Venezuela relies on oil revenue for 96 percent of its hard currency reserves, so the plunging price of oil — which has dropped by half in the past six months to $48 a barrel — threatens to destabilize its economy. President Nicolas Maduro has a theory about what’s behind the sudden drop.
"Did you know there's an oil war?” Maduro asked the leaders of Venezuela’s state-run businesses in a speech Monday in which he accused the United States of trying to flood the market with shale oil. “And the war has an objective: to destroy Russia. It's a strategically planned war ... also aimed at Venezuela, to try and destroy our revolution and cause an economic collapse," Maduro added.
The boom in U.S. shale oil production has pushed down oil prices worldwide, from $96 a barrel just six months ago, but Maduro’s comments say more about the pressure on his government domestically and Venezuela’s crucial relationship with Russia than about the global oil market.
Even before oil started slipping, Venezuela was suffering an economic slowdown. Venezuelans have been suffering from shortages of basic goods including cooking oil, detergent and diapers amid an economic slowdown, the highest inflation in the Americas and restrictions on foreign currency for businesses. Venezuela’s most famous ice-cream store, Coromoto, which holds a Guinness world record for its 863 different ice-cream flavors, reported over the holidays that it had closed due to lack of milk. The Tourism Ministry denied that shortages caused the closure.
Maduro’s opponents have turned Coromoto into a symbol of Venezuela’s larger economic failure. They blame 15 years of socialist policies and the trampling of rights, which they charge began under Maduro's predecessor, Hugo Chavez, for the country’s economic woes.
Opposition leader Leopoldo Lopez said his country was facing a "disaster in slow motion" in a letter published in the Wall Street Journal on Friday. He wrote from his jail cell, where he was imprisoned on counts of inciting riots for his role in anti-Maduro protests following Chavez's death in 2013.
"My country, Venezuela, is on the brink of social and economic collapse," Lopez said in the letter. The Harvard-educated leader of the Popular Will Party said the current situation could not be blamed solely on falling oil prices, arguing that the downward spiral began as a result of an authoritarian government hostile to human rights and the rule of law.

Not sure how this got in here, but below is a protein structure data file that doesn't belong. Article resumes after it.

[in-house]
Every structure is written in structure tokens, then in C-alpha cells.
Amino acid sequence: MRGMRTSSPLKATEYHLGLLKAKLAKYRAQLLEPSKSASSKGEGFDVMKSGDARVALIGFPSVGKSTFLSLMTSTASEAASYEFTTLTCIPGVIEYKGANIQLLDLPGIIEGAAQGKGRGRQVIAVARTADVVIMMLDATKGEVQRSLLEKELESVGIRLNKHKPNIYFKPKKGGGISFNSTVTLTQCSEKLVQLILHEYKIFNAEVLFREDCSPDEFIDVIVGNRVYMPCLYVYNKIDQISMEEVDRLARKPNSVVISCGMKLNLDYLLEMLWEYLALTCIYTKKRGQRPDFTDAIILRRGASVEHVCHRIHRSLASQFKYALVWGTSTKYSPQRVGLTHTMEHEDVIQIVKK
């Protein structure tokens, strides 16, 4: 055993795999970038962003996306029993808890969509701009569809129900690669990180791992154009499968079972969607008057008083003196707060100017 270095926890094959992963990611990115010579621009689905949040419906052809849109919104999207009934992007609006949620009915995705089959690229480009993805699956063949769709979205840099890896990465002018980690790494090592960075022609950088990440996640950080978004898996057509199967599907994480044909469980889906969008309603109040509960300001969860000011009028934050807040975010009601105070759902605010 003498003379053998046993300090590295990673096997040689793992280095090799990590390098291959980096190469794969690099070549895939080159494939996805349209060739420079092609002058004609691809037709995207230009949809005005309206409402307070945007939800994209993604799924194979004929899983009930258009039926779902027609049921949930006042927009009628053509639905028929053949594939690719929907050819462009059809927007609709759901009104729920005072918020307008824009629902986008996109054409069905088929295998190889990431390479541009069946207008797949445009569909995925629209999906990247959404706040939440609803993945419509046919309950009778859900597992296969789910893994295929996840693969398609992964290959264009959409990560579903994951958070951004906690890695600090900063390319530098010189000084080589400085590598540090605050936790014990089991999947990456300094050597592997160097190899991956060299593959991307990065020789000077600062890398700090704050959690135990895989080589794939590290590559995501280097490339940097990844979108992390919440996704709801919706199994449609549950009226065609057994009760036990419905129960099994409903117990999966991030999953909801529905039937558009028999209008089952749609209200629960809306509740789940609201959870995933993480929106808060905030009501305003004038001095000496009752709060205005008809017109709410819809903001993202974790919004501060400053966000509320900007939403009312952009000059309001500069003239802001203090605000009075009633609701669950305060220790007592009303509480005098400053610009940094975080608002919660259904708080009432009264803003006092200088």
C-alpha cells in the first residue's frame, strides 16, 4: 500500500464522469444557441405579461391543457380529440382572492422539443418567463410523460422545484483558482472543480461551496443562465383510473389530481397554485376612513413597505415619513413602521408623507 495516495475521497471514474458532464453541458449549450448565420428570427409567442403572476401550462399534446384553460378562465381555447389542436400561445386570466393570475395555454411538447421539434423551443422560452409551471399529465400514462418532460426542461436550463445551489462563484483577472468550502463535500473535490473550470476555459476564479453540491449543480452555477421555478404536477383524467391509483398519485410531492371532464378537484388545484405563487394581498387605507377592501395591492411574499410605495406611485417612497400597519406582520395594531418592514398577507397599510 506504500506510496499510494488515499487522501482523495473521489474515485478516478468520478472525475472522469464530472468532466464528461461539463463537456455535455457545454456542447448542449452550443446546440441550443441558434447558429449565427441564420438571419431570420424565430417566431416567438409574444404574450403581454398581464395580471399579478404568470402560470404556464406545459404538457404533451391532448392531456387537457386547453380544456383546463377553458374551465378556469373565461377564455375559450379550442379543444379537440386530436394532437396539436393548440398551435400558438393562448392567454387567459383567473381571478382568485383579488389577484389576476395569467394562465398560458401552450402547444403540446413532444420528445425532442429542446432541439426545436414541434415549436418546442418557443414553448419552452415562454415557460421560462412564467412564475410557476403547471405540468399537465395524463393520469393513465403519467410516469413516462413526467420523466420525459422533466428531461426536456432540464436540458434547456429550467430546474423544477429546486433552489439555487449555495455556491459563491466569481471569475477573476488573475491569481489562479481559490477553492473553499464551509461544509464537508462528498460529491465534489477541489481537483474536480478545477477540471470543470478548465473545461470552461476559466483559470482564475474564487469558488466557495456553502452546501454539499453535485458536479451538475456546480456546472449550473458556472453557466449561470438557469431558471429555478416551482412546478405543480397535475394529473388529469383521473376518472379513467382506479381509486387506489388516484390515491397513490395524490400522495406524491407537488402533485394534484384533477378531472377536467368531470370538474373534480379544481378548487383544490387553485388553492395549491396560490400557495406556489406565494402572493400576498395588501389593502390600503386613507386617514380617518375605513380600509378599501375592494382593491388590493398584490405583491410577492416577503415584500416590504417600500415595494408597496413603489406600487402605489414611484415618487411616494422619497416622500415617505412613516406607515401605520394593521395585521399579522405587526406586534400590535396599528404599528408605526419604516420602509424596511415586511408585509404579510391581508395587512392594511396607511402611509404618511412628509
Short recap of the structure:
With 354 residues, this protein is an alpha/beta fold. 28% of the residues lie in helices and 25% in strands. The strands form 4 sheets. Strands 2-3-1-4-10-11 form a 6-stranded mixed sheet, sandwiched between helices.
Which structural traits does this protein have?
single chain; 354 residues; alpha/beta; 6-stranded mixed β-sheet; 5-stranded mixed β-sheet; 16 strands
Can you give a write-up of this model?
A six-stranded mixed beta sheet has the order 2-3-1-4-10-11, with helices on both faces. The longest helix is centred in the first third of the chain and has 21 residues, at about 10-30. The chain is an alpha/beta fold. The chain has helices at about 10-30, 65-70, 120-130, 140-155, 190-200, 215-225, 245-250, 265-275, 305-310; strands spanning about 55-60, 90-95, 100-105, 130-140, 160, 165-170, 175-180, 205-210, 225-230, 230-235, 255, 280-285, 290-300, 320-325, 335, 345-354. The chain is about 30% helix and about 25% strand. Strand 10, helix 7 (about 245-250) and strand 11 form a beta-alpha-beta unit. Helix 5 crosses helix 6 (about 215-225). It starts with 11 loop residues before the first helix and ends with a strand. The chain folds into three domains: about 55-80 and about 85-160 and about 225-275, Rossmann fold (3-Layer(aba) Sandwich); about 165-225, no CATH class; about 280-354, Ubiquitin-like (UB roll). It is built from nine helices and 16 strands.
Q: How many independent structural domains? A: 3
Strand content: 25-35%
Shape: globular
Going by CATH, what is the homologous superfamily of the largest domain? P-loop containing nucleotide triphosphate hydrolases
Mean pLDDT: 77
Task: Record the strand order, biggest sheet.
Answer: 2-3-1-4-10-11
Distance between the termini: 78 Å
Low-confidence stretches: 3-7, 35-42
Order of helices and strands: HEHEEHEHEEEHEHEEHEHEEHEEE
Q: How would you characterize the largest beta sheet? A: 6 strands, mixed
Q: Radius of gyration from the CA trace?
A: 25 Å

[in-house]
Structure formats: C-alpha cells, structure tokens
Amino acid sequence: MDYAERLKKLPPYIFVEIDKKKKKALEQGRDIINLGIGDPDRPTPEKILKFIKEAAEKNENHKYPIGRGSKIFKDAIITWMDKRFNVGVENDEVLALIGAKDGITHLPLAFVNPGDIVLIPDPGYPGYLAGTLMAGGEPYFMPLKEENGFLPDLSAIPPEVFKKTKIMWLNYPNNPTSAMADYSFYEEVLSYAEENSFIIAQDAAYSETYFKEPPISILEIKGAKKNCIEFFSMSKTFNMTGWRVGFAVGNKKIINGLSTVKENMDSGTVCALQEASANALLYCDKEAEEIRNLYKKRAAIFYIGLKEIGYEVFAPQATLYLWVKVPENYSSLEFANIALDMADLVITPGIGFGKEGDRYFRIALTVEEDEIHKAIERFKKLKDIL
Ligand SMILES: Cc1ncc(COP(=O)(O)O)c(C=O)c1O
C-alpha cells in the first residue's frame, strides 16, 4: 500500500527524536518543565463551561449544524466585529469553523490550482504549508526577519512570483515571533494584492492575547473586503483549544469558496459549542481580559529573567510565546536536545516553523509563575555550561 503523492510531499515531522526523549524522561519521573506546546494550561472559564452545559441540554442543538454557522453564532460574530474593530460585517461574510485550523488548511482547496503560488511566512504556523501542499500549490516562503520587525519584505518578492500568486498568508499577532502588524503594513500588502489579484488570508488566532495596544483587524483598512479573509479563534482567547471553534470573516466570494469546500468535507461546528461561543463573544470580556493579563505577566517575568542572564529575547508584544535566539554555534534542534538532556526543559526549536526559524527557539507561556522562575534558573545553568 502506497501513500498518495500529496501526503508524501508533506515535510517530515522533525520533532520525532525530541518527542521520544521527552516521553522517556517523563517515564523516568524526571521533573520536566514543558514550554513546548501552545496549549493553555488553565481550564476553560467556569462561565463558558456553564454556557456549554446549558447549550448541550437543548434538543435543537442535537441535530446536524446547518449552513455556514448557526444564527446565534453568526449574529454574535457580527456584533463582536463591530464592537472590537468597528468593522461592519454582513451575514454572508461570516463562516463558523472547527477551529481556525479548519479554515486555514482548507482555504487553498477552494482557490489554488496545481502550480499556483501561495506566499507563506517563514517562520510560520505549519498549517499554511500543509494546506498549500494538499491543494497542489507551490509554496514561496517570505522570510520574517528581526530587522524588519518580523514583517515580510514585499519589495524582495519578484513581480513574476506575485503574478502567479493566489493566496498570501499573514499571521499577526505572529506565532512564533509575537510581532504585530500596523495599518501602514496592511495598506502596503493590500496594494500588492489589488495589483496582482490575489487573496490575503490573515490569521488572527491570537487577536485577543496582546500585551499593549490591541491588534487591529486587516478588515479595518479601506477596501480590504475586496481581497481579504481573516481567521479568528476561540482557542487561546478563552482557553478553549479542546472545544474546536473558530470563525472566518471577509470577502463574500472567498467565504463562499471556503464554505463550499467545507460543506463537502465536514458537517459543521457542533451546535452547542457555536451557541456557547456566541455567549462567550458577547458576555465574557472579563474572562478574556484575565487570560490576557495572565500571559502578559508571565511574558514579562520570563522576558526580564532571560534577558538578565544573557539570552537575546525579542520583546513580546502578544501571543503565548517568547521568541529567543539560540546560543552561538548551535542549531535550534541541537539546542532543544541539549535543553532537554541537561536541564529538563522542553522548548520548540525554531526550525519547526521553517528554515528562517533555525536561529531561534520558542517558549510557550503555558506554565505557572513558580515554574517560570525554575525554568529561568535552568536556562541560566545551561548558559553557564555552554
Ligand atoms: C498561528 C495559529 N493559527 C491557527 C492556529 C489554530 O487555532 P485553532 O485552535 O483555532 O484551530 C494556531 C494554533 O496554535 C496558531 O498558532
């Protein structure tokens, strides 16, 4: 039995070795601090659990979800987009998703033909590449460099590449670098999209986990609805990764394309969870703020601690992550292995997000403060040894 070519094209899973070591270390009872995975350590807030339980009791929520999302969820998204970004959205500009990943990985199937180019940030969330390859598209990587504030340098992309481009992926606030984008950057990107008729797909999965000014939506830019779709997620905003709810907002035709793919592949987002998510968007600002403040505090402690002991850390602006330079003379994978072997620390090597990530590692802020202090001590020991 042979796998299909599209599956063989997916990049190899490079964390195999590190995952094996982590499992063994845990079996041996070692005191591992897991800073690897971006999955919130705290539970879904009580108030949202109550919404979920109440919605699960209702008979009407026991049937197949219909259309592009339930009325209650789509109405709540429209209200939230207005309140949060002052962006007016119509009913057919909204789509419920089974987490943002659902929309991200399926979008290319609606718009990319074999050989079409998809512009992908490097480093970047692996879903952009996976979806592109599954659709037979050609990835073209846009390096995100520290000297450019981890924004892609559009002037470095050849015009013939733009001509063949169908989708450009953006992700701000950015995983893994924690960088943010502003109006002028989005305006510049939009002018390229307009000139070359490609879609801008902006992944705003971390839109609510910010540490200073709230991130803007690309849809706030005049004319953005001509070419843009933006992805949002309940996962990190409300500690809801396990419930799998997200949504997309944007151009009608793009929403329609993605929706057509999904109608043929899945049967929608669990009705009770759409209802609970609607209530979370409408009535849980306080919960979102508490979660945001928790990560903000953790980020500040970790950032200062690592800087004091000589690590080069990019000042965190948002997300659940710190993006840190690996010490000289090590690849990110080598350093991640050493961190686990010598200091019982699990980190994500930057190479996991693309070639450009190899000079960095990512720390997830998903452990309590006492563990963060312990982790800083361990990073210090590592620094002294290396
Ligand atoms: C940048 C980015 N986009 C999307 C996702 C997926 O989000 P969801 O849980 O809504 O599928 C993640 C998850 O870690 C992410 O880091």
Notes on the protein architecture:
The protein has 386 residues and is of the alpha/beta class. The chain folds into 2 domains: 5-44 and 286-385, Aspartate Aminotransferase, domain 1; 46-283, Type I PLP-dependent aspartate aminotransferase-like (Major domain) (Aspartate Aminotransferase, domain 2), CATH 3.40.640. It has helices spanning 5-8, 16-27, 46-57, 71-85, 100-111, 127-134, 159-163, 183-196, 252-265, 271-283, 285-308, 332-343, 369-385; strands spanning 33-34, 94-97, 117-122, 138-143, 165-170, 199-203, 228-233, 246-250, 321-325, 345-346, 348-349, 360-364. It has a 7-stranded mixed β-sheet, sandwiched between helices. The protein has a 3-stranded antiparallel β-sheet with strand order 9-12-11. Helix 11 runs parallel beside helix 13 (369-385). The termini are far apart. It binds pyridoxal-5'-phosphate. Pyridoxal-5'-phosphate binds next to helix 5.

Analysts have said that Maduro's actions since taking power, including the jailing of Lopez and other opposition leaders, are rooted in desperation to control dissent. While seeking election, Maduro promised to reform an economy plagued by persistent power outages, aging infrastructure, goods shortages and high crime rates. But since taking office, Maduro has struggled to make any significant changes.
Investment analysts who follow Venezuela have recommended reforms including unification of the three-tier currency controls and an increase in Venezuelan gasoline prices, the cheapest in the world. Maduro, however, has repeatedly said that the government will respect its foreign debt obligations and its domestic welfare programs. But Maduro may not be able to both keep his promises and push through reform. Financial markets have been jittery, with investors speculating whether Venezuela might default on its foreign debt.
His barbs at the U.S. echoed those lobbed earlier this month by Russian President Vladimir Putin, who used a similar nationally televised address to blame Western sanctions for Russia’s economic troubles. The Russian ruble took a nosedive earlier this month amid falling oil prices. “Every time that somebody believes Russia has become too strong and independent, these instruments are put into use immediately,” Putin said.
But Putin is in a much stronger position than Maduro. Russia, too, is extremely sensitive to oil prices, with oil and gas accounting for nearly 70 percent of Russia's export revenue, and the country is heading toward recession. But Russia has significant foreign exchange reserves to take care of its debt, CNN reported, and is in no danger of default. And having successfully stoked nationalist sentiment over the conflict in Ukraine, Putin's popularity ratings are strong. While there have been scattered protests over the economy, Putin has yet to reveal any details of his economic recovery program.
Maduro, whose approval ratings have plummeted to as low as 24 percent, according to the regional MercoPress news agency, does not have that luxury. In his speech on Monday, Maduro pledged to fix the economy and said he would announce some details at a news conference on Tuesday, including a new foreign exchange system and an economic recovery program. "2015 has to be the year of a great economic and productive change, a great transformation in the economy," Maduro said. Adding a touch of sarcasm, Maduro said that U.S. hostility would prompt positive changes in Venezuela. "Thank you, Empire," he said.
Al Jazeera and news wires